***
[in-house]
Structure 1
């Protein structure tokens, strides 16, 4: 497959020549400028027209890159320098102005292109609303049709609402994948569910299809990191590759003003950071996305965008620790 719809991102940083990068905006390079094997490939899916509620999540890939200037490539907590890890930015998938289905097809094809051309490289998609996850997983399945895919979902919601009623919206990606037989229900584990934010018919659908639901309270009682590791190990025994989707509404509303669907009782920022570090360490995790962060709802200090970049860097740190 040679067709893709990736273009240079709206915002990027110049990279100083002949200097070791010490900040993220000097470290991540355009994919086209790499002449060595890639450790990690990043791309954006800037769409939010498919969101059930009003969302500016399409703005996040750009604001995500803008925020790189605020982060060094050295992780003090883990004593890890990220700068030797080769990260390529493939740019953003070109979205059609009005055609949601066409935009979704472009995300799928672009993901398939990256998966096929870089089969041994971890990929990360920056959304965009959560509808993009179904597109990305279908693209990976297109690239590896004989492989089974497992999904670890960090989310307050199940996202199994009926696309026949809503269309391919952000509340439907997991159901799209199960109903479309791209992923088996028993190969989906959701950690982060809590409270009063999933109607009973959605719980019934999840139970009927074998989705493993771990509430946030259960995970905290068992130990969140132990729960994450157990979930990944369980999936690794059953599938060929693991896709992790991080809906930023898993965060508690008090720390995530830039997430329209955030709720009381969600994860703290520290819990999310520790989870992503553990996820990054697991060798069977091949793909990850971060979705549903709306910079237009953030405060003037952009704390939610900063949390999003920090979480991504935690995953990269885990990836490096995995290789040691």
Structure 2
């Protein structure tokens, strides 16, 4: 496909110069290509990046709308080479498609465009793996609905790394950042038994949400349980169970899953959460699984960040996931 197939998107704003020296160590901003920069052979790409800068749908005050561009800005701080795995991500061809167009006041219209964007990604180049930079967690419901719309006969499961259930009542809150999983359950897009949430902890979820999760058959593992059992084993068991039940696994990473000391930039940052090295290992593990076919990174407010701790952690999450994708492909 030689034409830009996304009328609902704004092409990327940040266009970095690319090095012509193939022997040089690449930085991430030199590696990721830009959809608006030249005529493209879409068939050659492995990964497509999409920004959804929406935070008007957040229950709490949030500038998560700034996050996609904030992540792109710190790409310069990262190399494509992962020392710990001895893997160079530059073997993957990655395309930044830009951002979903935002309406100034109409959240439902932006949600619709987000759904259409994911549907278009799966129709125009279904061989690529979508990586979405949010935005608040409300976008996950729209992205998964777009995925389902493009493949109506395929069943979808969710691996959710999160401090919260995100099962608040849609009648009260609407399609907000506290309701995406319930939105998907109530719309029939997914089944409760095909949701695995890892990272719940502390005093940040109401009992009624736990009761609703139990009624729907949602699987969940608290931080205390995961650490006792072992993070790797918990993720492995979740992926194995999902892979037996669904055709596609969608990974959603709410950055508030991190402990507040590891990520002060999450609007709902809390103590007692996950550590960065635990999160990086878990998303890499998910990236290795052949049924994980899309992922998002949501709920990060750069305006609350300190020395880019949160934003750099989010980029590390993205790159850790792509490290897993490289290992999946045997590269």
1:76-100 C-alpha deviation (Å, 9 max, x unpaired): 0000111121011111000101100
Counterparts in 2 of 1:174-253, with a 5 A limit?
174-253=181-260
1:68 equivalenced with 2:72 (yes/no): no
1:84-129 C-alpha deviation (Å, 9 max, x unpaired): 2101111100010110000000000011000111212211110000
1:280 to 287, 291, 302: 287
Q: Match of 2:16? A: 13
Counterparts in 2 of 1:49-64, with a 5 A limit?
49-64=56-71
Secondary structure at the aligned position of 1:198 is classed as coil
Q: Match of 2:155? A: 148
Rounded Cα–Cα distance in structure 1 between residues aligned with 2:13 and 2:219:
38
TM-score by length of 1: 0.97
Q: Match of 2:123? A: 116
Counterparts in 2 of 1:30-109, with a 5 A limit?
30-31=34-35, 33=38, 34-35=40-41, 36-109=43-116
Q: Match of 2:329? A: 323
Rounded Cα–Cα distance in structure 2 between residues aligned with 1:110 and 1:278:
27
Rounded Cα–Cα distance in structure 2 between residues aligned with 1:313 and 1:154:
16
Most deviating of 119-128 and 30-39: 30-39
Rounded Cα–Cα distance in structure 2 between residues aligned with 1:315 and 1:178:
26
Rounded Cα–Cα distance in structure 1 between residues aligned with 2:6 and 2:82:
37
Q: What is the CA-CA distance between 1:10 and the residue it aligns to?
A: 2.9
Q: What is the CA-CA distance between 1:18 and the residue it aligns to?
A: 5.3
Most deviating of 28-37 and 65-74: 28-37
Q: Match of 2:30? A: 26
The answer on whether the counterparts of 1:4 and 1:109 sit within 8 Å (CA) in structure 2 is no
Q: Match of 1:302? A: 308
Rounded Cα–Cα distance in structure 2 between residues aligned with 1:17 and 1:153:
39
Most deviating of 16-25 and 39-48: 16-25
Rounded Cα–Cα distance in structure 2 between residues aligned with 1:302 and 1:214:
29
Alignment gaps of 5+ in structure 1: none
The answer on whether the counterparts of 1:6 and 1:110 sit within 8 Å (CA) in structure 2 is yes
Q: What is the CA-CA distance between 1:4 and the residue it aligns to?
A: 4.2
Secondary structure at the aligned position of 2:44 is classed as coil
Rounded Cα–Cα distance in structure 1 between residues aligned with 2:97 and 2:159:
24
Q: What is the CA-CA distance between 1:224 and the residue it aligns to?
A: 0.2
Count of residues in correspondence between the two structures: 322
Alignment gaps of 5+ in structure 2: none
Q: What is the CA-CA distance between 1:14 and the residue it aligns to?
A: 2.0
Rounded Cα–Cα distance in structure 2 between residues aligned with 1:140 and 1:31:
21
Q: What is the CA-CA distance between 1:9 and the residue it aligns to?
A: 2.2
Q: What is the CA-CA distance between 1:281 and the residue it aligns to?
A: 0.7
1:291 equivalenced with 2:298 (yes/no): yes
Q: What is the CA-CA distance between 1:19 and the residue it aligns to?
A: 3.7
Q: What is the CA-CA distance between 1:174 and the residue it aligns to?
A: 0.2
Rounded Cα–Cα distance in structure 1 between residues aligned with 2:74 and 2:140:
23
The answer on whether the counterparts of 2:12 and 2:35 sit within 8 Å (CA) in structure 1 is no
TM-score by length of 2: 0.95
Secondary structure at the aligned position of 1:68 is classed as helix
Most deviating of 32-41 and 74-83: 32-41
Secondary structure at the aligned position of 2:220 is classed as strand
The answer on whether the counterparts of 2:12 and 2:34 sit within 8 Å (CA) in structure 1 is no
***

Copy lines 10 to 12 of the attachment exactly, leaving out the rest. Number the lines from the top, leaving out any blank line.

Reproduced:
1:84-129 C-alpha deviation (Å, 9 max, x unpaired): 2101111100010110000000000011000111212211110000
1:280 to 287, 291, 302: 287
Q: Match of 2:16? A: 13